Texas Clean Air Matters

In Permian, company leadership and state standards are critical for reducing oil and gas methane emissions

By Jon Goldstein and Colin Leyden 

This May, ExxonMobil, the world’s largest publicly traded oil and gas company, announced targets to limit methane waste from its global operations. We’ve also seen commitments to cut methane from a range of leading companies like BP and others.

But as more companies step forward with methane targets, it begs the question: Is voluntary action from companies enough to move the needle on methane? A look at what could become the world’s largest oil field points to the answer being a solid no.

A Permian problem

The Permian Basin has become a major focus of industry development, with Exxon itself stating it plans to triple its presence there by 2025. According to IHS Markit, the Permian contains 60-70 billion barrels of recoverable oil, which is worth approximately $3.3 trillion at current prices. The Permian is in the running to become the world’s largest oil field over the next decade. Read More »

Also posted in Methane, Natural gas / Comments are closed

Texans for Natural Gas uses misleading data on methane in Texas

Recently, Texans for Natural Gas (TXNG) issued a report claiming methane emissions have drastically decreased in several of the largest natural gas producing counties in Texas from 2011 to 2016.

The notion of methane emissions rapidly declining across Texas during the largest U.S. oil and gas boom of the century is described in the report’s blog post as amazing, which in fact it would be if the report were accurate. It isn’t. The TXNG report doesn’t even come close to providing a complete representation of methane emissions across the featured Texas counties. TXNG claims methane emissions declined 51 percent in several of the state’s largest producing natural gas counties, and 39 percent across ten of the largest oil-producing counties.

And here’s what data is missing: methane emissions generated from onshore production and gathering. Simply put, the vast majority of emissions aren’t even included. (What’s even worse, their original report failed to disclose that the emission data referenced in TXNG’s blog post only accounted for methane emissions from large midstream  gas facilities.) The revised report’s claims about 2016 reductions in Midland County only account for emissions from six processing plants and compressor stations while ignoring the over 2,000 oil and gas wells. Drawing broad conclusions from a tiny fraction of facilities is shoddy analysis at best and deliberately misleading at worst.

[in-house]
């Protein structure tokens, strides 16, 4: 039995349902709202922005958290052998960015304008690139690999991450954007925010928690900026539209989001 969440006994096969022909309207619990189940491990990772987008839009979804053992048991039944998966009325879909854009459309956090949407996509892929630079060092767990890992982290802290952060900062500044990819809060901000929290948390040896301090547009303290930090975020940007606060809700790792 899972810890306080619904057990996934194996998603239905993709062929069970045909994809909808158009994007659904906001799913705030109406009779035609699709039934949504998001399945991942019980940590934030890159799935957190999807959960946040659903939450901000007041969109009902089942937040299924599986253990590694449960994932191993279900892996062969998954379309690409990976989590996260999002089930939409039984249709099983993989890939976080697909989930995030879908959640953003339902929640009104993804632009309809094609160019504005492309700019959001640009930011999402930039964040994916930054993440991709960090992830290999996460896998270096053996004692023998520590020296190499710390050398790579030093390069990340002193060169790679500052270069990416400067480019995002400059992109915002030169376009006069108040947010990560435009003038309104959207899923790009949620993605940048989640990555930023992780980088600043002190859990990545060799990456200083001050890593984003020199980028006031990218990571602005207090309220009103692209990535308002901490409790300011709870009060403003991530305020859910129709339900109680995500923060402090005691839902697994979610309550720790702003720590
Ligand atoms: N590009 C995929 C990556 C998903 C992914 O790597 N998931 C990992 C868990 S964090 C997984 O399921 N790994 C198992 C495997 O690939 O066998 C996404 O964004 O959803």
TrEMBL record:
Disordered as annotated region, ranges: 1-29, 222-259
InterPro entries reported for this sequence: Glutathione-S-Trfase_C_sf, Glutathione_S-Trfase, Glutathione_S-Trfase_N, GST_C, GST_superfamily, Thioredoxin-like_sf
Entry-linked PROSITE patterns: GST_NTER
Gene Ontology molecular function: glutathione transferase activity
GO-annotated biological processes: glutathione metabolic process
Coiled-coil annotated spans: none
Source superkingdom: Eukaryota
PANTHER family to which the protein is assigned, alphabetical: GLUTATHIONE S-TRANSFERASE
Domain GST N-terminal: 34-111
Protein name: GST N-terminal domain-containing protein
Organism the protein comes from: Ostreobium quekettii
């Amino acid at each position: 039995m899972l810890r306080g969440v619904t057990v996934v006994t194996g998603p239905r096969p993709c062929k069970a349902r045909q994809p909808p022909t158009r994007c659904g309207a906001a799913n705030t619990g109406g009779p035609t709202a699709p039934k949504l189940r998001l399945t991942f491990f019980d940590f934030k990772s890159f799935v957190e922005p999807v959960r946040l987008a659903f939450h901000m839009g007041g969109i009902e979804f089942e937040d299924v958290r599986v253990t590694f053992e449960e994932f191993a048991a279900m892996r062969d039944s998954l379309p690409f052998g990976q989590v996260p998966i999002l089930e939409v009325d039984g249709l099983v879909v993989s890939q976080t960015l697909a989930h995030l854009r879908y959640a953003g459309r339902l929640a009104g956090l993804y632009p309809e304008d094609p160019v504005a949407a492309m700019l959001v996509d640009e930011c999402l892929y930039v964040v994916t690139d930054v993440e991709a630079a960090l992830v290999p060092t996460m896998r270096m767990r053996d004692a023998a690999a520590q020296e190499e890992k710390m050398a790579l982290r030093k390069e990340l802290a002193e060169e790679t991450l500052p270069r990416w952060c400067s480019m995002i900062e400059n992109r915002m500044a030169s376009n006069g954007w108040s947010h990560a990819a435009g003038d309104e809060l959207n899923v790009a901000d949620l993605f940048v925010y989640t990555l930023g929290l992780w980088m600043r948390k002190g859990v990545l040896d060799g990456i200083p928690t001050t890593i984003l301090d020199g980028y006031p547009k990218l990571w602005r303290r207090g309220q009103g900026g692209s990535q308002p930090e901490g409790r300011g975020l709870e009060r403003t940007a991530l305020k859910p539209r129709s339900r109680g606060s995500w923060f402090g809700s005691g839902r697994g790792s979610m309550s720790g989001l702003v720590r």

Read More »

Also posted in Flare emissions, Methane, Natural gas / Comments are closed

New Texas Permian oil and gas flaring report reveals excessive gas waste and major gaps in operator flaring practices

As companies flock to West Texas’ Permian Basin to cheaply drill for and extract oil and gas, some operators are flooding the night sky with natural gas flares, polluting the air with unhealthy and climate-altering pollutants, and wasting copious amounts of this important, domestic energy resource.

The Permian Basin, which stretches across 75,000 square miles in West Texas and southeastern New Mexico, is in the midst of one of the largest energy booms of the century. An estimated 60-70 billion barrels of recoverable oil is located in the area, which is worth roughly $3.3 trillion at current prices, according to IHS Markit. Oil isn’t the only resource in abundant supply. EIA estimates that operators in the Permian are producing 7.3 billion cubic feet of natural gas per day. But a rush to produce higher value oil has some Permian drillers simply flaring the gas instead of investing in gathering and pipeline infrastructure.

A new EDF flaring report, released this week, has uncovered a wide discrepancy between flaring rates among the top 15 oil and gas producers working in the Texas Permian Basin. Some of the oil and gas producers studied in the report are wasting close to 10 percent of their produced gas due to flaring practices, highlighting the fact that the oil and gas industry continues to struggle to control natural gas waste. Read More »